NadpisFertilization and forb:graminoid ratio affect arbuscular mycorrhiza in seedlings but not adult plants of Plantago lanceolata
Publication TypeJournal Article
Year of Publication2012
AutořiSmilauerova, M, Lokvencova, M, Smilauer, P
JournalPlant and Soil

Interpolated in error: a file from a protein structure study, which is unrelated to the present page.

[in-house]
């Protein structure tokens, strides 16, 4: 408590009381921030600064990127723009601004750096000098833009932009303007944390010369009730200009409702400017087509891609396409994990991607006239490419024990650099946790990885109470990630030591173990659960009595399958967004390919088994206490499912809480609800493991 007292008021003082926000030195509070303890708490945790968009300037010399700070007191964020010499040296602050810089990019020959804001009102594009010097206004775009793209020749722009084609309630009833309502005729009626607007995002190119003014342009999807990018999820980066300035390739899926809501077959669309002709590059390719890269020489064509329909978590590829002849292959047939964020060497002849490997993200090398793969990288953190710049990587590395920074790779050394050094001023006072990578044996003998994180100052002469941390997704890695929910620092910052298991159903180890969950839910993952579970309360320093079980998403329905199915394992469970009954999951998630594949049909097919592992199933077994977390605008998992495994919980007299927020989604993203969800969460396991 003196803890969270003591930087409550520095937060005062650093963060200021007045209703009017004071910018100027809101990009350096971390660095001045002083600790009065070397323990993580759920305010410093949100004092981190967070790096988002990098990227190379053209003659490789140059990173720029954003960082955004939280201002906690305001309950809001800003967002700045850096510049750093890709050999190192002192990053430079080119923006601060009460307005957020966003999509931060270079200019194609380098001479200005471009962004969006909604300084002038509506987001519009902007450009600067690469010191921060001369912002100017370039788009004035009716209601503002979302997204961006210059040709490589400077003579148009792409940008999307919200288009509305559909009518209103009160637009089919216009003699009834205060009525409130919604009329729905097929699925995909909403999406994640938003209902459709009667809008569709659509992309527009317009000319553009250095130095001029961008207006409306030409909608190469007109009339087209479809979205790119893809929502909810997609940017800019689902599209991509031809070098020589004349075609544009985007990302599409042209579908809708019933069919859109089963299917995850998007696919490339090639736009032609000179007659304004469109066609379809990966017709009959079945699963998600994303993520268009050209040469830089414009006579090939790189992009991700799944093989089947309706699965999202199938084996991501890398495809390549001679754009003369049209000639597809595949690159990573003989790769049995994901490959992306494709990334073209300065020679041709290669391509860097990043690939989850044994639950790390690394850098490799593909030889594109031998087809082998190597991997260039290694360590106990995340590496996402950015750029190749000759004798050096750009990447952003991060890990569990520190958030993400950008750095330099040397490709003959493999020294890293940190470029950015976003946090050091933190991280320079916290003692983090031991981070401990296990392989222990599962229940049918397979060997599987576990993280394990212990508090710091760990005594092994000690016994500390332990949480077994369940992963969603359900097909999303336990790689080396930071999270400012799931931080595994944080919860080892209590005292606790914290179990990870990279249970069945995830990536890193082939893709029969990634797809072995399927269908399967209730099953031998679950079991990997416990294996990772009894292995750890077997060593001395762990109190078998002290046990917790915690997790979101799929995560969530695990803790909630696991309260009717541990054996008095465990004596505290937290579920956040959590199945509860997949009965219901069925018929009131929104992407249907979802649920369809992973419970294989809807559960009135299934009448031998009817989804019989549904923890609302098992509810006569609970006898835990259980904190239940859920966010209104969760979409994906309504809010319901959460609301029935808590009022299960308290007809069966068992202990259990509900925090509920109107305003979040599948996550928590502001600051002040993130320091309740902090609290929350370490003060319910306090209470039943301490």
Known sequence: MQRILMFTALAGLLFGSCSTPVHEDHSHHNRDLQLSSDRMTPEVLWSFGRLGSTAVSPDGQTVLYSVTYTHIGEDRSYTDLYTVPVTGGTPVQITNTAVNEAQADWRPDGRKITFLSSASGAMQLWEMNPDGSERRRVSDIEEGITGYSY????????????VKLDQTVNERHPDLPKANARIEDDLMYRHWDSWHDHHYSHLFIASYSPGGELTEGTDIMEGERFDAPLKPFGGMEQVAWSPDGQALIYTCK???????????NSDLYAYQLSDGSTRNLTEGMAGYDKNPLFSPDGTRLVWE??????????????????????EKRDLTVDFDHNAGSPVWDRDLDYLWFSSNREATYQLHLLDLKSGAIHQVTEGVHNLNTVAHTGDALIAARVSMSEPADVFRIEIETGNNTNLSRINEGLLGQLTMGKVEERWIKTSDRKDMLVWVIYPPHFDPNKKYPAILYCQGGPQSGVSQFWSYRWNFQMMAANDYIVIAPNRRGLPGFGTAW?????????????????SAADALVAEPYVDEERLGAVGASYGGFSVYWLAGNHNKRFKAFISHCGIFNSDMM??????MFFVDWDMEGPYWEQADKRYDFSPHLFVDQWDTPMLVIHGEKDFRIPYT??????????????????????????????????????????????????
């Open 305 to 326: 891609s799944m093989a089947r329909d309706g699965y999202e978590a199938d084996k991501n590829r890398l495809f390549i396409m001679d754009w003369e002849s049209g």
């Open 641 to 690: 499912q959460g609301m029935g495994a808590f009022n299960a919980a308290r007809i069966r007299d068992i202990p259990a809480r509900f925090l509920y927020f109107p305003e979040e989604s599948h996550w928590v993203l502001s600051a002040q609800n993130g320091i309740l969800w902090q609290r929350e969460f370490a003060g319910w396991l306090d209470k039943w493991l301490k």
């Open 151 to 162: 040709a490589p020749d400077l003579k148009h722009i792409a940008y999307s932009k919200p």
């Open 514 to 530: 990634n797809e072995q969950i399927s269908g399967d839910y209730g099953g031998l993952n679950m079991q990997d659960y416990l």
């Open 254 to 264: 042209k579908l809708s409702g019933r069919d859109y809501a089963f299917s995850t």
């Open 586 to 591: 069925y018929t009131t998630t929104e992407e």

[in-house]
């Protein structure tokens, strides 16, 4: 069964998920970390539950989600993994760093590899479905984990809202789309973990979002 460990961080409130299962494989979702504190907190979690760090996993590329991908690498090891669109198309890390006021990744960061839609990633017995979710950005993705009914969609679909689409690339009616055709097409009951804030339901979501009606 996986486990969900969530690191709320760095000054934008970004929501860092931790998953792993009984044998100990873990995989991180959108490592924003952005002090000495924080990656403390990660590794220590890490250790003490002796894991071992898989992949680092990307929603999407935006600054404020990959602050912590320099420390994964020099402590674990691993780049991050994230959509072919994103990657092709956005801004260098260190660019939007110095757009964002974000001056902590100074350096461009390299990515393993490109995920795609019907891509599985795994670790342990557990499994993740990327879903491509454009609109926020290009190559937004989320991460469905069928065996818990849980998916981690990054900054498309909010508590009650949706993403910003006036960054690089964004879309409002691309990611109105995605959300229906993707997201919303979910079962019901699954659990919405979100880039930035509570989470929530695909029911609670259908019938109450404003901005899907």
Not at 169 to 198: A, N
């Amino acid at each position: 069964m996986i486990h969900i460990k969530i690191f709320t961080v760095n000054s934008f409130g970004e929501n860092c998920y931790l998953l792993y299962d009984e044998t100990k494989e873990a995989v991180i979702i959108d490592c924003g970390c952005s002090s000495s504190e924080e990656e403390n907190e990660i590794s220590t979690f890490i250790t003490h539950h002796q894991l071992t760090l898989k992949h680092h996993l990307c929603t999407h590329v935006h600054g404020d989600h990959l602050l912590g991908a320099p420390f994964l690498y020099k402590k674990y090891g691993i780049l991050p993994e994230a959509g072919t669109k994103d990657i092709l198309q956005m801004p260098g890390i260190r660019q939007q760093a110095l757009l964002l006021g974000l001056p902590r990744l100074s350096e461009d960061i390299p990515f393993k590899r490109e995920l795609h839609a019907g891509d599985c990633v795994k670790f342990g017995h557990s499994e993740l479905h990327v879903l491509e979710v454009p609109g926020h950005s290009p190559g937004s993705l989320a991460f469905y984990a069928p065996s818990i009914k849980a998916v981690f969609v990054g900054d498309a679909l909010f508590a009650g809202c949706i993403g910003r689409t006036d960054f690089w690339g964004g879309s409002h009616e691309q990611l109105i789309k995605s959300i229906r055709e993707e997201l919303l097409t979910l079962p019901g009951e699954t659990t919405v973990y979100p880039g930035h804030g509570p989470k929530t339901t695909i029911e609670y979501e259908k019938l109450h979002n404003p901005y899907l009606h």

Nutrients play a key role in arbuscular mycorrhizal (AM) symbiosis. We quantified the response of AM symbiosis of seedlings and adult plants of Plantago lanceolata to fertilization under field conditions in managed grasslands differing in nutrient availability and soil moisture. The AM symbiosis was measured as the total extent of AM fungal colonization and frequency of arbuscules or vesicles, and as the relative proportions of morphotypes. We further examined the effects of the surrounding vegetation upon AM symbiosis. Fertilization decreased total AM colonization and relative arbuscular frequency of the whole mycorrhizal community and of Acaulospora and "fine endophyte" morphotypes in seedling roots, but it had no effect upon the mycorrhiza in adult plants. The decline in arbuscular frequency in seedling roots due to fertilization was greater at the sites with higher nutrient availability and lower N:P ratio. Seedlings surrounded by more forbs had a greater total AM colonization and higher vesicular frequency. Increased nutrient availability in the initial stages of seedling development has a prominent effect upon AM symbiosis development, but these effects seem to diminish over the long term, as evidenced by the results obtained for adult plants and from the limited effects of parameters characterizing long-term nutrient availability.